God loves unity.
In John 17, Jesus’ high priestly prayer just before His death, He could have prayed many things for His followers, and He did. But one of the recurring themes in that passage of Scripture is unity:
“…protect them by Your name that You have given Me, so that they may be one as We are one” (v. 11).
“May they all be one, as You, Father, are in Me and I am in You” (v. 21).
“May they also be one in us, so the world may believe You sent Me” (v. 21).
But unity is not an end in itself. In fact unity, apart from the gospel, is self-exaltation.
There was another group of people, years and years earlier, who were unified, but they were unified around the wrong things:
“At one time the whole earth had the same language and vocabulary. As people migrated from the east, they found a valley in the land of Shinar and settled there. They said to each other, ‘Come, let us build ourselves a city and a tower with its top in the sky. Let us make a name for ourselves; otherwise, we will be scattered over the face of the whole earth” (Genesis 11:1-4).
These people had all the ingredients any marketing consultant might tell you are essential for a group to accomplish great things together. They spoke the same language, they had a big goal, and they were motivated to take action. The problem was they were unified around the wrong thing, and when you come around something from the gospel the end result is always going to be self-exaltation.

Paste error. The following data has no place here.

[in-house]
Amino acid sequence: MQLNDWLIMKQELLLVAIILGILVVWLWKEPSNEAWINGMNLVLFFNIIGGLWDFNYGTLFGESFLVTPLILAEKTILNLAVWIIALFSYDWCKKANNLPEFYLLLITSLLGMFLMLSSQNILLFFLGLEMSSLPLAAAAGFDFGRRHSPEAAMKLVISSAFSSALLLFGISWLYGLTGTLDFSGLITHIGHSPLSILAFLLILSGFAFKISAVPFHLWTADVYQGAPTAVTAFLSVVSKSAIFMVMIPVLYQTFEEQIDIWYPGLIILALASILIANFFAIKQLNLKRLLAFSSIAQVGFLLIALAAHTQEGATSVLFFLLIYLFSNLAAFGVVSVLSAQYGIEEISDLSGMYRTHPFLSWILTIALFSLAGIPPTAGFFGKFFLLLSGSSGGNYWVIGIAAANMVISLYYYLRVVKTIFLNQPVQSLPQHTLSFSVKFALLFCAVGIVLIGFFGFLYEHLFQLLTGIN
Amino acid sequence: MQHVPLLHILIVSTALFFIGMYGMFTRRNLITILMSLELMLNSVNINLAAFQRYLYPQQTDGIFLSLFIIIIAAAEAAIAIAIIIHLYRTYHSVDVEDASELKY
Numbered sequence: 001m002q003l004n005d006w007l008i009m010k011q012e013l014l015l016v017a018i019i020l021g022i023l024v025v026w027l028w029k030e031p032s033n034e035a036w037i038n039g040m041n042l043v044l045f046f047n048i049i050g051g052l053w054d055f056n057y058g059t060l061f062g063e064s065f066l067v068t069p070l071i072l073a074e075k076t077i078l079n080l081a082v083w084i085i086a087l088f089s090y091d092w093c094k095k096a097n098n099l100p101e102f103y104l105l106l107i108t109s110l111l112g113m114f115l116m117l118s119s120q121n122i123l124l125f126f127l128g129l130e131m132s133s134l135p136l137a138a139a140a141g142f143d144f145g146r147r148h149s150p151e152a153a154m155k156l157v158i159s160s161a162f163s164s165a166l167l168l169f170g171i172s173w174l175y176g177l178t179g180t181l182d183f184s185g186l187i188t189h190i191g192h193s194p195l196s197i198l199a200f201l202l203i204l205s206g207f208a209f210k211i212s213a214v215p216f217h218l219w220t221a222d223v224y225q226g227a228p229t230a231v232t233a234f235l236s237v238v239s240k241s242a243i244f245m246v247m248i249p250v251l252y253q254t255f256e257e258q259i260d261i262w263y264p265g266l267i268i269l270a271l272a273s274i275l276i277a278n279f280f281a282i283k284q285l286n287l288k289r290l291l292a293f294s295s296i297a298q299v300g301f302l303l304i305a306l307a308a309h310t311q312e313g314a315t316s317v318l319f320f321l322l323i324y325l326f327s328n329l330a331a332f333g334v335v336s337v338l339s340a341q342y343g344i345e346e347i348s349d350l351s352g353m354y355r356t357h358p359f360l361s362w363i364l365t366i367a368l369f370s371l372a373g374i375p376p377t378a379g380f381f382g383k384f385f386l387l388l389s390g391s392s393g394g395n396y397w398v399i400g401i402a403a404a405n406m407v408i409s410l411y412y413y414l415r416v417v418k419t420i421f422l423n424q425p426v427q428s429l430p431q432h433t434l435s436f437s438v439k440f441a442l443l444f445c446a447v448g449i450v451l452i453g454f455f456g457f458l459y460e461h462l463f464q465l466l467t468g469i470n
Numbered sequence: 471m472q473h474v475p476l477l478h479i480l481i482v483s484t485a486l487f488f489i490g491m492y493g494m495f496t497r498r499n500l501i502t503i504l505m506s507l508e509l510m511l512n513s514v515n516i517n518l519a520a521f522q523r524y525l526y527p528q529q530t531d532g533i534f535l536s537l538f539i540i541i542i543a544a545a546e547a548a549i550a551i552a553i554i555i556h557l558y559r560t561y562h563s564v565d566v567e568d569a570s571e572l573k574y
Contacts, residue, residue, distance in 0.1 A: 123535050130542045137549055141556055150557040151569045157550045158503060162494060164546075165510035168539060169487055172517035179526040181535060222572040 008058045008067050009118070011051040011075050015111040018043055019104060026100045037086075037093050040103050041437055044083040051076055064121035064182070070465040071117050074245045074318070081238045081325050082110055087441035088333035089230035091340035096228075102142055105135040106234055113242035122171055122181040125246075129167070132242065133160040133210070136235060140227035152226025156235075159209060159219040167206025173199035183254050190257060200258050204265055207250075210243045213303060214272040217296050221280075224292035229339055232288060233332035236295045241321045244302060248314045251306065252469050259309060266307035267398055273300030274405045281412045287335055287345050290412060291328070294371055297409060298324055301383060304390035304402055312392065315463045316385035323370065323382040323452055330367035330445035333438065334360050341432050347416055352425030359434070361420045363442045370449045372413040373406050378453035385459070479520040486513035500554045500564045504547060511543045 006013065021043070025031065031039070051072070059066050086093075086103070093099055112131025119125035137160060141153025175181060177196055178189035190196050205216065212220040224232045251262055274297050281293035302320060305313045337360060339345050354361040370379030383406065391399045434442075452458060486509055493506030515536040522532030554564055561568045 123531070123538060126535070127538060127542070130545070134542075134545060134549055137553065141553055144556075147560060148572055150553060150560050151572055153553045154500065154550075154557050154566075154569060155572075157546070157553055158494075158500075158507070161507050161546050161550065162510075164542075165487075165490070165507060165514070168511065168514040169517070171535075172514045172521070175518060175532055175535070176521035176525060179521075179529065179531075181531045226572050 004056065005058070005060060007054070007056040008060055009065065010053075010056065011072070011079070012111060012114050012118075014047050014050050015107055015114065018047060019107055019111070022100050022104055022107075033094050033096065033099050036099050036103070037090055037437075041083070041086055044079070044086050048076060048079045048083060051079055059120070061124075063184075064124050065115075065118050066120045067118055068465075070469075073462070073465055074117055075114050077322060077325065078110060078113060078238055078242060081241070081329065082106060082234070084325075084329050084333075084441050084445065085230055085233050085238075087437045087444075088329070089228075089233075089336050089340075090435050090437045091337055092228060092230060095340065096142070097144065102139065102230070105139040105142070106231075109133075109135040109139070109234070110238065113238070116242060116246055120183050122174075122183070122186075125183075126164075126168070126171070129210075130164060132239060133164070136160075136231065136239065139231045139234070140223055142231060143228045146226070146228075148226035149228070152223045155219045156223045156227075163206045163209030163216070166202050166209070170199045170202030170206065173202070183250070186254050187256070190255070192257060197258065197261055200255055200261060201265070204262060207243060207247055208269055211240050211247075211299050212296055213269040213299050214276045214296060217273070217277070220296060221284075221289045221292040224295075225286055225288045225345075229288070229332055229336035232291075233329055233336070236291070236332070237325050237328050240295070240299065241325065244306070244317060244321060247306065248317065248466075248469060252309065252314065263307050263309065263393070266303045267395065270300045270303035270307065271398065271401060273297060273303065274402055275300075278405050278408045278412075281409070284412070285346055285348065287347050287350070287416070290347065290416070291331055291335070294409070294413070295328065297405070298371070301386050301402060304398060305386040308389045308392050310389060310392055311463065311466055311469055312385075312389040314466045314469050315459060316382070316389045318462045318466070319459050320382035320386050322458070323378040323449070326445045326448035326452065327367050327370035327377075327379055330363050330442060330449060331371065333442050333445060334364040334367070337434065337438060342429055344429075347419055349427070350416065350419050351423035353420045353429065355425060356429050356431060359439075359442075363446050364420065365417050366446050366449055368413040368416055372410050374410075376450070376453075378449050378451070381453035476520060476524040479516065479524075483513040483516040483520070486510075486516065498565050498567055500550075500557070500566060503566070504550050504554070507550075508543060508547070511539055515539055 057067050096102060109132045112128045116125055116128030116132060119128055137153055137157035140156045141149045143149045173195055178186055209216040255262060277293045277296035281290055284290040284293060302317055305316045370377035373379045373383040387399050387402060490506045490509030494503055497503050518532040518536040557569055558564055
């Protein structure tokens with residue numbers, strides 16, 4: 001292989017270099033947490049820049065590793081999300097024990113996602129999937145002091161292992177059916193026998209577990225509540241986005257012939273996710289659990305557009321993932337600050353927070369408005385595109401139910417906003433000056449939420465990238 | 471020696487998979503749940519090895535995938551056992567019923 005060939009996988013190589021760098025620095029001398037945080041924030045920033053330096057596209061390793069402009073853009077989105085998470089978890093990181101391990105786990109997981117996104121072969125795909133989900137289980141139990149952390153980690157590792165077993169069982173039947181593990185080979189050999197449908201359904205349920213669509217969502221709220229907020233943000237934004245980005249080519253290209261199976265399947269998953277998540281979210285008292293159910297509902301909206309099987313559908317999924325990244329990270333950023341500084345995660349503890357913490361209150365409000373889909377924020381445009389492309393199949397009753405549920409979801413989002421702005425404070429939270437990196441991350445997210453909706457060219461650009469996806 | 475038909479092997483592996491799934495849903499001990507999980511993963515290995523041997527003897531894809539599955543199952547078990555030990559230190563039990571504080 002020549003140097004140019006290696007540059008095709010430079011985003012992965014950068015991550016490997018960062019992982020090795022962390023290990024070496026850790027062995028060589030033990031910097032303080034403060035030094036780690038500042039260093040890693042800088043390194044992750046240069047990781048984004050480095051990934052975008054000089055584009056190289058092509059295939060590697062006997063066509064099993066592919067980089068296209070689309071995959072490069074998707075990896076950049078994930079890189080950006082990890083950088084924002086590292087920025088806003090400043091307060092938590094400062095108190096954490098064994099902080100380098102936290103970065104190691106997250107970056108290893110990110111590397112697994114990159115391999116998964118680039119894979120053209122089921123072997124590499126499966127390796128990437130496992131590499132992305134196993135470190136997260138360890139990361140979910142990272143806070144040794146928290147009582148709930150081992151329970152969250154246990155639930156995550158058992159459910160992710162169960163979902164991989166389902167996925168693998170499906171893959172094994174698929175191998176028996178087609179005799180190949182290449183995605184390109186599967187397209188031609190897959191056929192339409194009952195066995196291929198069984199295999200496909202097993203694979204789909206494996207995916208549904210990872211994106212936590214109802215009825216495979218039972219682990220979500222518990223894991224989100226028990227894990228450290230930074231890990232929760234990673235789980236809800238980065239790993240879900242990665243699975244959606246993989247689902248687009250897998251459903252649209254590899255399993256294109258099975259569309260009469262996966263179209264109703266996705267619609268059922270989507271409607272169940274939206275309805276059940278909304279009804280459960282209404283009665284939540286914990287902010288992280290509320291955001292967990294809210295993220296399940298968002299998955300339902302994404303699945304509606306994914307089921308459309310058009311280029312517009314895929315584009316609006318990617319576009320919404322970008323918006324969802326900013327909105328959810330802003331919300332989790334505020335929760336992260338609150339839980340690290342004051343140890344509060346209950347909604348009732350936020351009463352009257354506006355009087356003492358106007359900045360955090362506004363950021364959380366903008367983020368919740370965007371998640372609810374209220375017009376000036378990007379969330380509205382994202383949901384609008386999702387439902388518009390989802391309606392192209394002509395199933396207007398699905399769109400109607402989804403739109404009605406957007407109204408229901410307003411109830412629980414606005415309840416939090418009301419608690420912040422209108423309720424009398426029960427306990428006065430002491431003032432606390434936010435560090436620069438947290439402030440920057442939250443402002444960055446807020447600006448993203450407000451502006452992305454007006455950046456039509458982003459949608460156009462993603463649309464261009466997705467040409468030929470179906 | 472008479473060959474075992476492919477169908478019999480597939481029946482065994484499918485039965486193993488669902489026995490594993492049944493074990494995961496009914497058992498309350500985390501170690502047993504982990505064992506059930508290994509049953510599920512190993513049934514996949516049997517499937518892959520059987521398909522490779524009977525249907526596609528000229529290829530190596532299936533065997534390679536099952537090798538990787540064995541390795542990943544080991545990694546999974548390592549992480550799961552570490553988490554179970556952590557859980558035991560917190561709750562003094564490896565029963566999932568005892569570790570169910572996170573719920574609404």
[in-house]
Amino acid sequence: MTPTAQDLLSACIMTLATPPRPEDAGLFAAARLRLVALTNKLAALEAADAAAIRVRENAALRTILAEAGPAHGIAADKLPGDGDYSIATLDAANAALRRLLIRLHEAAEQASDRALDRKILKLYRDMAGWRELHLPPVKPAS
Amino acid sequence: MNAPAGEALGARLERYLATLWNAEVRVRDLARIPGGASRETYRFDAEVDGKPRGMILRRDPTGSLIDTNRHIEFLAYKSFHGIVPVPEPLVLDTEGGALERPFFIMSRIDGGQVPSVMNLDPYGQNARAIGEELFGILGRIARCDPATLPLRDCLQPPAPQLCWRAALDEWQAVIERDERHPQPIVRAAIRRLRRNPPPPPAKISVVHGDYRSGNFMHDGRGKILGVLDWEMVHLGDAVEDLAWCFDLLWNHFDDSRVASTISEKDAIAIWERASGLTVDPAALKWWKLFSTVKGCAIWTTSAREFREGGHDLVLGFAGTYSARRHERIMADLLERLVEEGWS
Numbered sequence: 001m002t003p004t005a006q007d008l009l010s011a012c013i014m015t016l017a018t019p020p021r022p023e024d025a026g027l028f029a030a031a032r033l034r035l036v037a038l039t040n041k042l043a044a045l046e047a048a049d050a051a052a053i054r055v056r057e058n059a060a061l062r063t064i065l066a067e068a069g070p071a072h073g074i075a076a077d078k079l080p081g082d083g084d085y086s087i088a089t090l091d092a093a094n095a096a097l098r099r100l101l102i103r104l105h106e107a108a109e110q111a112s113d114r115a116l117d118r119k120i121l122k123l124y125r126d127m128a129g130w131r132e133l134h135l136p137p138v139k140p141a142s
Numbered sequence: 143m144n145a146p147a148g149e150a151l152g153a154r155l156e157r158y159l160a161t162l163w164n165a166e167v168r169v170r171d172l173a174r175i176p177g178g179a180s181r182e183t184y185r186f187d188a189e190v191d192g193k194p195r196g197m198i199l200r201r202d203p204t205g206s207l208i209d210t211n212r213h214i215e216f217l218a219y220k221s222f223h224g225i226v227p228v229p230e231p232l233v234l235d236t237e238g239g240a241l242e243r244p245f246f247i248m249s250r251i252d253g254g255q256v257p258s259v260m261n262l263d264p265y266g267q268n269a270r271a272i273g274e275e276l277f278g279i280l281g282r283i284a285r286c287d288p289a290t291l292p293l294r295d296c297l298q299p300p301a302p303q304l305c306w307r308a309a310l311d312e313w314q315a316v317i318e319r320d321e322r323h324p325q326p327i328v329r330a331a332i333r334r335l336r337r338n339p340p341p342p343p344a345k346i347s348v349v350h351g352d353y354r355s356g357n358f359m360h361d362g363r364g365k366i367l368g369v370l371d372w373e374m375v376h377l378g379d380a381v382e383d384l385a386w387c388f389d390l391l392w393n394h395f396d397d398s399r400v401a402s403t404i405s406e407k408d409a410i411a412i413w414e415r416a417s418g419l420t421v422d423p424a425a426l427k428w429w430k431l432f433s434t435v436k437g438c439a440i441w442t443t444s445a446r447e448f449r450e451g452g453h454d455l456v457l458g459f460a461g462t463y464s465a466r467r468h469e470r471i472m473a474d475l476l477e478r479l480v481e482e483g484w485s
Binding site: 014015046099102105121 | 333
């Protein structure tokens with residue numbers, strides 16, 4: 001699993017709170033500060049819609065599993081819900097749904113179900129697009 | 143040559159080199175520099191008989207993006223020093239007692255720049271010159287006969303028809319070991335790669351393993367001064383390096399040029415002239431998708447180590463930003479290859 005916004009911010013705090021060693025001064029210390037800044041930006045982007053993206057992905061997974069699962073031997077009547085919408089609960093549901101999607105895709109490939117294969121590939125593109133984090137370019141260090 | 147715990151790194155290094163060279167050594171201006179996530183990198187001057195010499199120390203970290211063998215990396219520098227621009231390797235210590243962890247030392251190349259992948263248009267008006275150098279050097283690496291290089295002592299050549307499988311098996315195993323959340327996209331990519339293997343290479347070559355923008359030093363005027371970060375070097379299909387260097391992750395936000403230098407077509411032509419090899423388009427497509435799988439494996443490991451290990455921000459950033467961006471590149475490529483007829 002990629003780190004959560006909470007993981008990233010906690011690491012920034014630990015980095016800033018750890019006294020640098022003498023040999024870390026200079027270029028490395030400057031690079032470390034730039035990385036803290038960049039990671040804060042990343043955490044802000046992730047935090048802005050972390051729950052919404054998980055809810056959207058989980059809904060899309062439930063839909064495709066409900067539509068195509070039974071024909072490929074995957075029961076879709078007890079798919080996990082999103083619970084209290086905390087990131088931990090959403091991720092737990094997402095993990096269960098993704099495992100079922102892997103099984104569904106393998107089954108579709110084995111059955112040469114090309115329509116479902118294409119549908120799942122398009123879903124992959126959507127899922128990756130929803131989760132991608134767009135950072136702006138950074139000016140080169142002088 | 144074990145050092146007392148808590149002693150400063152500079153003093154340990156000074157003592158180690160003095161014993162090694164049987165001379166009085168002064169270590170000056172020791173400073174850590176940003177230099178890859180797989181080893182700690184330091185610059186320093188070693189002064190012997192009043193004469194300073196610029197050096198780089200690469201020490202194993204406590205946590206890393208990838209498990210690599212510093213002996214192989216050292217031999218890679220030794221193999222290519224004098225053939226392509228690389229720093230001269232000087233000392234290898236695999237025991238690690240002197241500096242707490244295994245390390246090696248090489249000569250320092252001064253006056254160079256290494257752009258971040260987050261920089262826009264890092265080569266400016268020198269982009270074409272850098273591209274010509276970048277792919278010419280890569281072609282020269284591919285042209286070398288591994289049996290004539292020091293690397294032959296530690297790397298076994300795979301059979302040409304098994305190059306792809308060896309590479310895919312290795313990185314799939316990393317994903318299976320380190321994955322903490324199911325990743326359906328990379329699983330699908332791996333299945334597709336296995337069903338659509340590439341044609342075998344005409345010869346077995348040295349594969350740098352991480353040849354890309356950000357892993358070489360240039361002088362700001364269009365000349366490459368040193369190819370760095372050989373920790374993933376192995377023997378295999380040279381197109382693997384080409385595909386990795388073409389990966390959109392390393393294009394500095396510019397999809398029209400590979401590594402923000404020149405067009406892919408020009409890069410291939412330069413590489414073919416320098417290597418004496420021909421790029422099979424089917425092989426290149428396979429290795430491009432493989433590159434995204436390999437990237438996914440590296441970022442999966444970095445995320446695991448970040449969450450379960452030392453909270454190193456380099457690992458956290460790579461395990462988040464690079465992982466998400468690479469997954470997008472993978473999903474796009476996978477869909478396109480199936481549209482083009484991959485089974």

All in all, it’s good and right that any group of people knows who they are and what they’re going after together. But if we want it to last, we should do well to make sure we aren’t worshiping the goal:
“So from there the Lord scattered them over the face of the whole earth, and they stopped building the city…” (Genesis 11:8).